Living and dying by the serve

Venus Williams, the player with the fastest serve in women's tennis history, says that she steps up to the line trying to orchastrate three elements in concert leading to point of contact - her mood, technique and tactics.

While the 3x3 of tennis serving mentioned in the old blog I posted yesterday mainly involves "technique" and "tactics", it does not cover "mood". In simple terms, mood is about confidence, which is what many experts consider to be the most important aspect of serving. "As with any shot, 90 percent is just confidence," says Taylor Dent, whose successful comeback to professional tennis after three career-threatening back surgeries I wrote about in two blogs in September last year. "If you're feeling great about your serve, you're probably going to serve well."

Conversely, you can land yourself in deep trouble if you do not feel confident about your serve, and according to sports psychologist Allen Fox, the serve is the shot one is most likely to lose confidence about. "Of all the strokes," says Fox. "The serve is the most problematically psychological of the bunch ... the most prone to the yips."

Apparently from nowhere the fear cycle takes over: "When you get the 'Oh my God, what's wrong' thought, you start to do some very bad things," says Fox.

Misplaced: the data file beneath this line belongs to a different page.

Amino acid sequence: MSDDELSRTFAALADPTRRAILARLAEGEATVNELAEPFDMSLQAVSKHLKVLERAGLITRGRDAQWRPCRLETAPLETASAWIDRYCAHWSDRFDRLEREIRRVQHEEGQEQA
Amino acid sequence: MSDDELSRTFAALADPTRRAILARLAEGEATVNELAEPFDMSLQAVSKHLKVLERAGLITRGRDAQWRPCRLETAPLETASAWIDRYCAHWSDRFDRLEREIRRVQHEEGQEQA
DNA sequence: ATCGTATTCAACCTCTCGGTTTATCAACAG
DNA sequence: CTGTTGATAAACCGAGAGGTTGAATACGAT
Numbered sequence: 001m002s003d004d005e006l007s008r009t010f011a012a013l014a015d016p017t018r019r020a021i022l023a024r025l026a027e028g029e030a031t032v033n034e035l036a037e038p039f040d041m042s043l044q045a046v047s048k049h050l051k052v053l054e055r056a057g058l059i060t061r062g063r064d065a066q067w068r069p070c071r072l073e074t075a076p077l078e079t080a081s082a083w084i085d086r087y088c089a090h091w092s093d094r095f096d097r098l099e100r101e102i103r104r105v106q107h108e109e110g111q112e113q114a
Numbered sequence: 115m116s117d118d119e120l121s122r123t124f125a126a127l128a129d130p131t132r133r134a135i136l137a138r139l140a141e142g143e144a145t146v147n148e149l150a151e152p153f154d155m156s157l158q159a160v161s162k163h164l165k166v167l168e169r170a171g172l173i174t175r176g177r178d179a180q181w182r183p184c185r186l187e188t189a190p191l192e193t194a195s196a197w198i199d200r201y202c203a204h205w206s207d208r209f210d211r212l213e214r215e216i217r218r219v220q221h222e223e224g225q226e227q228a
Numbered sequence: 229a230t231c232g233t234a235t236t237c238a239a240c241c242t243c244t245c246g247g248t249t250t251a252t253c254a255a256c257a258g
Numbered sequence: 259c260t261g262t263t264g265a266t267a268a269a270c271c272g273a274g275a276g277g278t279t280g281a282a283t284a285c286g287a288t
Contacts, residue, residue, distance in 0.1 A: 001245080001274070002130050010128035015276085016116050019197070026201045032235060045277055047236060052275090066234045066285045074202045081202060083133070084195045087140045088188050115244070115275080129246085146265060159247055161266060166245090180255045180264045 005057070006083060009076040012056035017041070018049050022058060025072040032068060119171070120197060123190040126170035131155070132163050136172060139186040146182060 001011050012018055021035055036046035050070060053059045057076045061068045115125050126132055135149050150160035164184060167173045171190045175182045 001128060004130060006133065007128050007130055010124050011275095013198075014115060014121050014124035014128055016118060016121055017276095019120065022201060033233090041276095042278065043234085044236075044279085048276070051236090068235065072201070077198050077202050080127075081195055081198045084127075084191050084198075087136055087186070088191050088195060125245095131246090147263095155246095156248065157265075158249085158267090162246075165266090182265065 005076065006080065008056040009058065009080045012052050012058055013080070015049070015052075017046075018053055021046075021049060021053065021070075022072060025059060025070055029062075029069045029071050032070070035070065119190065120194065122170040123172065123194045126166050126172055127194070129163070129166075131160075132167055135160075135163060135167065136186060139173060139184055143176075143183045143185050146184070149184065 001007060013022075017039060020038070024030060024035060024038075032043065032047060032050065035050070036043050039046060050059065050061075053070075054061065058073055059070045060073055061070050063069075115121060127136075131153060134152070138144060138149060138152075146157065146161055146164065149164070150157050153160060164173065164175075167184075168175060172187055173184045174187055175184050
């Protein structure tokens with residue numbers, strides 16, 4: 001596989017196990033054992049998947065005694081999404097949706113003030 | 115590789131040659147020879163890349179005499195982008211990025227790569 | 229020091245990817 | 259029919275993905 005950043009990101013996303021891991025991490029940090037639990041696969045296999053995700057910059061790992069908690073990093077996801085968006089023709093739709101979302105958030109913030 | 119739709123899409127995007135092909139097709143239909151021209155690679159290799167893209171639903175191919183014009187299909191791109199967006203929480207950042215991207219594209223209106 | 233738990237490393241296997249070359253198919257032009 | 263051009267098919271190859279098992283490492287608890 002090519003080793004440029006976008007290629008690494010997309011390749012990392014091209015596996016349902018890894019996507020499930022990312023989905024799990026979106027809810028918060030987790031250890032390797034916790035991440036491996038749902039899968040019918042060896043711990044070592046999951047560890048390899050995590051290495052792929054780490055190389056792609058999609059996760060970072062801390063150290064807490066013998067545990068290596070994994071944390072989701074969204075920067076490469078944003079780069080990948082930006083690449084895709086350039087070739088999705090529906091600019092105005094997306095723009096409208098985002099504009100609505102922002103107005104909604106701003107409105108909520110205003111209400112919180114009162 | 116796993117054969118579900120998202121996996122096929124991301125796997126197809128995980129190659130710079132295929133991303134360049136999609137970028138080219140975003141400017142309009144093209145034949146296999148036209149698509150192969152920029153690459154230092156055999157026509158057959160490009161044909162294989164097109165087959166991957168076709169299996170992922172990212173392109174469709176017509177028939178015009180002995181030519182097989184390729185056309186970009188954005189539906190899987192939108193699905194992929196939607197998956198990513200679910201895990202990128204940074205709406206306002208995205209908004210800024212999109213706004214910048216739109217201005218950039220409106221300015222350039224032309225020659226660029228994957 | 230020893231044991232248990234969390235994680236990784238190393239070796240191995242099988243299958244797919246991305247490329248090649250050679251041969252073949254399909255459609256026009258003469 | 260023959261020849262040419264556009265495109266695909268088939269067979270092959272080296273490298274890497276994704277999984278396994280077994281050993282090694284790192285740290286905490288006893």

Which was what Jana Novotna did in the 1993 Wimbledon Final when she handed Steffi Graf the match after serving three double faults in four points, having been up a set and a double break in the final set. It was one of the greatest choking in tennis history, and in the prize presentation ceremony the devastated player burst into tears on the Duchess of Kent's shoulder.

That sort of fear is crippling and is something that players have to learn to actively conquer. "Most people never become the best they can become because they're afraid of failure,"says Nick Bolletieri, whose tennis academy has nurtured so many world class players and champions. He faults the parents and coaches who focus a youngster's serve on just putting it into play and implanting a mentality of not taking chances: "Champions don't wait for opponents to give them the match. ... You can't do in crunch time what you probably haven't done during training."
And that is probably where the secret to Venus Williams's serve lies. "When I step up to the line I really just kind of go through how I want to play the point and set the point up and just come to the line with a plan I want to execute," Williams says. "You gotta have the technique to make the shot so that when the pressure comes you know you have the technique to make it.That's when the technique really counts — under pressure." To be able to put the technique, tactic and, above all, confident mood together requires training, day in and day out.
"I've hit more serves over my lifetime than 99 percent of the population," Taylor Dent says. Most of us do not serve as well as him because we are in that 99 percent, but through training we can definitely build that confidence that would enable us to serve better than many.

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